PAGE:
FIGS. 5a and 5b finally show two further spiral perforations 5 extending parallel to the center perforation 5 and also covering a distance only about equal to half the distance between the two poles.
The embodiment according to FIG. 1, which is particularly suited for smooth packaging materials, shows an arrangement of the perforation sufficient for tearing-off one pole cap. The perforation is extending annularly at the location at which lifting of the pole cap occurs upon slight stretching strain on pole seams 2. A somewhat expansible material will be selected, and due to this fact and due to the fact that also the contents are slightly deformable, the part of the package that is narrowed again round about the equator can also be easily pulled off the dumpling. Now only the resistance by the tearing-open perforation needs be overcome in order to tear open the envelope along perforation 5. The frictional forces between packaging material and filling material no longer take effect. By tearing-open the perforation, a tubular structure that is still slightly constricted only on one side results, along the smooth inside wall of which the dumpling can easily slide out.
In the embodiment according to FIG. 2, pulling action on the two pole ends will tear open the perforation preferably in the range of the pole caps, and the perforation will then continue to tear open following its spiral course (arrangement), thus imparting to the dumpling a rotary movement causing said dumpling to slip out of the envelopment. The rotary movement will loosen the content of the package also with a packaging material having rough surface, such as teabag paper or fleece foil.
In the embodiment according to FIG. 3, a second, interrupted spiral is extending oppositely to the first spiral of perforation 5, so that the tearing-open line as a whole is 8-configured. This makes it possible to easily and completely lift off the pole caps.
FIG. 4 shows a packaging unit, in which, in addition to the spiral perforation 5, a circular perforation 5 encompassing a little more than half or almost 2/3 of the circumference is provided always at half the distance between equator and pole of the dumpling and, thus, about at the upper and lower apex of the spiral, but without contacting said apex.
FIG. 5 shows an arrangement with three spiral perforations 5, each extending over about half the distance from pole to pole, thus as a whole constituting a twice interrupted spiral from the lower to the upper pole.
It is to be considered a further advantage of the present invention that no additional technical means are required for applying the perforations according to the invention, but that the same devices can be employed as for producing a perforation on the equator of a dumpling package. Usually, the packaging material is perforated still before it is formed to a tube (hose) by means of a perforation knife operating in time with the working cycle of the sealing- and filling device. The proper position of the perforation can now be fixed by correspondingly displacing the perforation knife. However, according to a particularly preferred embodiment of the invention, the position of the perforation can also be adjusted by providing a deviating roller between perforation tool and sealing device. This involves the advantage that the perforation tool can be fixedly mounted and nevertheless products of varying size can be filled-in.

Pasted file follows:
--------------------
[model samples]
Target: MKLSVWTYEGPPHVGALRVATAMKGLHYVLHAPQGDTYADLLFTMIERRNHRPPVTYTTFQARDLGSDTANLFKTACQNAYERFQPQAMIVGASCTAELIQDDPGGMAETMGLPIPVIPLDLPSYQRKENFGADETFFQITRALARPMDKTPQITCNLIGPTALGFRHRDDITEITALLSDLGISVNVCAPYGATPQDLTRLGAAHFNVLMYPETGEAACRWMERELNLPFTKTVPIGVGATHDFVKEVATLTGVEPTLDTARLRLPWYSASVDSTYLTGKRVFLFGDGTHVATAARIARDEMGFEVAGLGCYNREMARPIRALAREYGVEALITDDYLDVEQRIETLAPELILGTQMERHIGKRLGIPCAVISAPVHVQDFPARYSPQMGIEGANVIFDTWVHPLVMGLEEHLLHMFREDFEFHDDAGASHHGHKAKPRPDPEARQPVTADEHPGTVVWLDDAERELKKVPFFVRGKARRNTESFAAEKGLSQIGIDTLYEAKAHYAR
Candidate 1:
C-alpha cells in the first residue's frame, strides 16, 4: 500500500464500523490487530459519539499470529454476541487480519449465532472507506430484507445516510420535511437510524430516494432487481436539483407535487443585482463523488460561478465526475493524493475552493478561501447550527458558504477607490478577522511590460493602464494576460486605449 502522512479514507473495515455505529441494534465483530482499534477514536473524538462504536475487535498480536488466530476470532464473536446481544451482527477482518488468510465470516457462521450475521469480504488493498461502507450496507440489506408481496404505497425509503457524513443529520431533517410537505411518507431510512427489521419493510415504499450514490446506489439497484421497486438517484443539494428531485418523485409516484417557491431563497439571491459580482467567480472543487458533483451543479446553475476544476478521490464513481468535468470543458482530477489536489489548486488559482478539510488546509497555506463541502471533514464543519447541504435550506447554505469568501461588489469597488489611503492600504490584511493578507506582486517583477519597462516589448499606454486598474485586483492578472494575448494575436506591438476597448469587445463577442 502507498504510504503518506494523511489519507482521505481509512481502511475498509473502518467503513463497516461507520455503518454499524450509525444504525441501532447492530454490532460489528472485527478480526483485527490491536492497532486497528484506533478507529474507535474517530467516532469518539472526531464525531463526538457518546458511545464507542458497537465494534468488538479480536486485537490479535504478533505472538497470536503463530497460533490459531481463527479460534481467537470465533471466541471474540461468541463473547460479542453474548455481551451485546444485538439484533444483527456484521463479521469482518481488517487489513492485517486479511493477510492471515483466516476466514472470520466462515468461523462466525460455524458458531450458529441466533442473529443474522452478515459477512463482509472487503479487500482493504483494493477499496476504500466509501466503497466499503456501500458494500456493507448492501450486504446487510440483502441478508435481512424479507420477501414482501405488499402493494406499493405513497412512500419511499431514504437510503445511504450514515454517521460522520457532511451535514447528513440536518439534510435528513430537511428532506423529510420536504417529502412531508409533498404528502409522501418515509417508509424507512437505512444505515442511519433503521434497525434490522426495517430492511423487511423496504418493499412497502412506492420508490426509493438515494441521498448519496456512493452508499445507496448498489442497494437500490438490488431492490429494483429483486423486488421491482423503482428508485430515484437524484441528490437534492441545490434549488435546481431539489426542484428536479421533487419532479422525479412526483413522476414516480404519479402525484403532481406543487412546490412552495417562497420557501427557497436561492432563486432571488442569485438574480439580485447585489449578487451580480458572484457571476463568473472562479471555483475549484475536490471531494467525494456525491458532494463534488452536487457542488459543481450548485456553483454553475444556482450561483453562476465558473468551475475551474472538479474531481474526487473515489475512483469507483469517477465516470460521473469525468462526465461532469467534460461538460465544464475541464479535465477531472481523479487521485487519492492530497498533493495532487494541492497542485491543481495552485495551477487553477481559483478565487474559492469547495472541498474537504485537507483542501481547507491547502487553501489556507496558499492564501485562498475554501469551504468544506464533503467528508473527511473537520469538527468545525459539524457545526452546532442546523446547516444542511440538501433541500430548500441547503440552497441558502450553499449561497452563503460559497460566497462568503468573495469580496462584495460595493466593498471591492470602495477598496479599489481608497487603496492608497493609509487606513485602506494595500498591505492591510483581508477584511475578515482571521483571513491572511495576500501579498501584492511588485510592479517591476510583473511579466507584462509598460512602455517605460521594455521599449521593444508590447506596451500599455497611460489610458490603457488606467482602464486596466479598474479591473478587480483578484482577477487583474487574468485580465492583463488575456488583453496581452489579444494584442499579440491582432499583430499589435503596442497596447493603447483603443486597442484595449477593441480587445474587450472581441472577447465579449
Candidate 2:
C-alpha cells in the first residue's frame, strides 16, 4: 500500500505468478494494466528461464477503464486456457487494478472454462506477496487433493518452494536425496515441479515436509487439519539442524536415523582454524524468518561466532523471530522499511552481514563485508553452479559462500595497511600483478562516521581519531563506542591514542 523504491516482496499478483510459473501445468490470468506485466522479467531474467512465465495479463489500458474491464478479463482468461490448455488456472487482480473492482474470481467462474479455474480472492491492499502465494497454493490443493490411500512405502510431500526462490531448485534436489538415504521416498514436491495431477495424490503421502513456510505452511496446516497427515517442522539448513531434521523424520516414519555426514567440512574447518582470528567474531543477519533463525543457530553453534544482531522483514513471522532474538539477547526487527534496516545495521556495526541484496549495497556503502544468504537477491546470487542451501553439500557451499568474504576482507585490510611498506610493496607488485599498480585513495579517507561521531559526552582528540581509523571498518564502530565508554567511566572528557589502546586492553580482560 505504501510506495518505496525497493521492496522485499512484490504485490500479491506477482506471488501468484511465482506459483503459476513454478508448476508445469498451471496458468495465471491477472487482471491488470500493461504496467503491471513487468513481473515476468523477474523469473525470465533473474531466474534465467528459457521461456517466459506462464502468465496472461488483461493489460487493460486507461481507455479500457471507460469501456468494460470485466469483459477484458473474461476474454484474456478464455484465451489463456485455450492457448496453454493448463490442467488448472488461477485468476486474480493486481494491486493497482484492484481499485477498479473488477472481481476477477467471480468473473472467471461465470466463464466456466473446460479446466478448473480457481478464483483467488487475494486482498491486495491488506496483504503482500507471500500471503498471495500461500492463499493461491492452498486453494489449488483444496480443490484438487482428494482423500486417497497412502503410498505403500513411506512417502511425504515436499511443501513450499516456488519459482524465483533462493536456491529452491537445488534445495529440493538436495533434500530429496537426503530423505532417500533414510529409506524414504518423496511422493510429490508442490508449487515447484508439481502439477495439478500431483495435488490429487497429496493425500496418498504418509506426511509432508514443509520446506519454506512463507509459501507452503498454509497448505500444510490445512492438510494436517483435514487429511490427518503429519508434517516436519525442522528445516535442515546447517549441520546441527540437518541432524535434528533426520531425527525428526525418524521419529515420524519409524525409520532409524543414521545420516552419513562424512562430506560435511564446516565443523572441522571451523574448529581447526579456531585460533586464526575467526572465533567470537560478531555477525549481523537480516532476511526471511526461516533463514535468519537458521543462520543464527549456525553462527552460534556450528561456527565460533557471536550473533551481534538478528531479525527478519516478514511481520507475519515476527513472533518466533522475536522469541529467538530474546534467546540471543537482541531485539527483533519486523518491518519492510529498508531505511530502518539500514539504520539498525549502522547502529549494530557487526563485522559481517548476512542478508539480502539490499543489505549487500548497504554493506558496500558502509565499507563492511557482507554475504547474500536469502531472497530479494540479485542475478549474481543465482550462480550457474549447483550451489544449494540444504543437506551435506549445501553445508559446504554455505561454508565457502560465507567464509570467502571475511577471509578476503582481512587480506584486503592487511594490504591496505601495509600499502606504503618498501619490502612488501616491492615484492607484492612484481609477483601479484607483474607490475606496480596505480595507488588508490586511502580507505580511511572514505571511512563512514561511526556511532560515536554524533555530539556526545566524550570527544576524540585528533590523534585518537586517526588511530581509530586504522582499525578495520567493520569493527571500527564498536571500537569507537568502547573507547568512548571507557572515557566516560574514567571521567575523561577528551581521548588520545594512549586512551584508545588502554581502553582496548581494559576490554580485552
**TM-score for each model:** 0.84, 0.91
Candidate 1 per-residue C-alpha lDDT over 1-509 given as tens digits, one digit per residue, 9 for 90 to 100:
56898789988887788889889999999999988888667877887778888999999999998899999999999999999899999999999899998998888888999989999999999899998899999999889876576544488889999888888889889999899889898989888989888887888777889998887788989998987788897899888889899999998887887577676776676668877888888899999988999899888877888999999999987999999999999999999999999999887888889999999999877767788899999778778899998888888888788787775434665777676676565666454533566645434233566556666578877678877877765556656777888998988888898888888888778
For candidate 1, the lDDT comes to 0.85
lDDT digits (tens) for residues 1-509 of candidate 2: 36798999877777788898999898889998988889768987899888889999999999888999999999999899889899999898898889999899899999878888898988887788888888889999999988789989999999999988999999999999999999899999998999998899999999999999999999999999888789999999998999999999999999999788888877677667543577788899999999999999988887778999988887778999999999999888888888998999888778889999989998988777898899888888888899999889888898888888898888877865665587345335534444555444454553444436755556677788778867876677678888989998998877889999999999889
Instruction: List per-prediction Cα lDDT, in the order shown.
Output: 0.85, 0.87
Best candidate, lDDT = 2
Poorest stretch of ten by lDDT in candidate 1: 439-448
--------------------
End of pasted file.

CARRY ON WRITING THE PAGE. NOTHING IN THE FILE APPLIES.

When producing the spiral tearing-open perforation, it is necessary to execute it at an angle to the vertical to the direction of movement of the packaging material, the amount of which angle depends upon the size of the filled product and is between the size 90 and smaller than 90, but preferably between 30° and 45° (FIG. 2-5).
It is as easy to effect widening of the spiral tearing-open perforation in that the perforation provided at an angle to the vertical in the direction of movement of the foil web is accompanied by a second perforation arranged at mirror-inverted angle or horizontally and, thus, vertically to the direction of movement of the foil web, said perforation, however, not spanning the entire foil width, but being executed always only over about one-third of the foil width starting from both edges. This embodiment provides a perforation largely encompassing both pole caps and considerably facilitating tearing-open of the perforation. It is avoided by the interruption of the second perforation in the center third of the foil web that only the pole caps are pulled off while the remainder of the packaging container adheres to the dumpling. The same advantage also is attained with the embodiment according to FIG. 5 having three parallel spirals.
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|US2112143 *||Feb 18, 1937||Mar 22, 1938||Costa Anthony P||Container|
|US2200111 *||Feb 24, 1937||May 7, 1940||Bensel Corp||Dispensing paper package|
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|US4645675 *||Oct 24, 1984||Feb 24, 1987||Gerhard Wilke||Starch-based dry product in the form of flakes, bits, or grains in porous bags for making dumplings|
|US4779738 *||Apr 13, 1987||Oct 25, 1988||Yoshino Kogyosho Co., Ltd.||Synthetic resin container formed with spiral notched line|
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|US20140004227 *||Jun 28, 2013||Jan 2, 2014||Quoc Anh Tran||Flexible Pouch|
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|U.S. Classification||426/111, 426/128, 229/87.05, 426/122|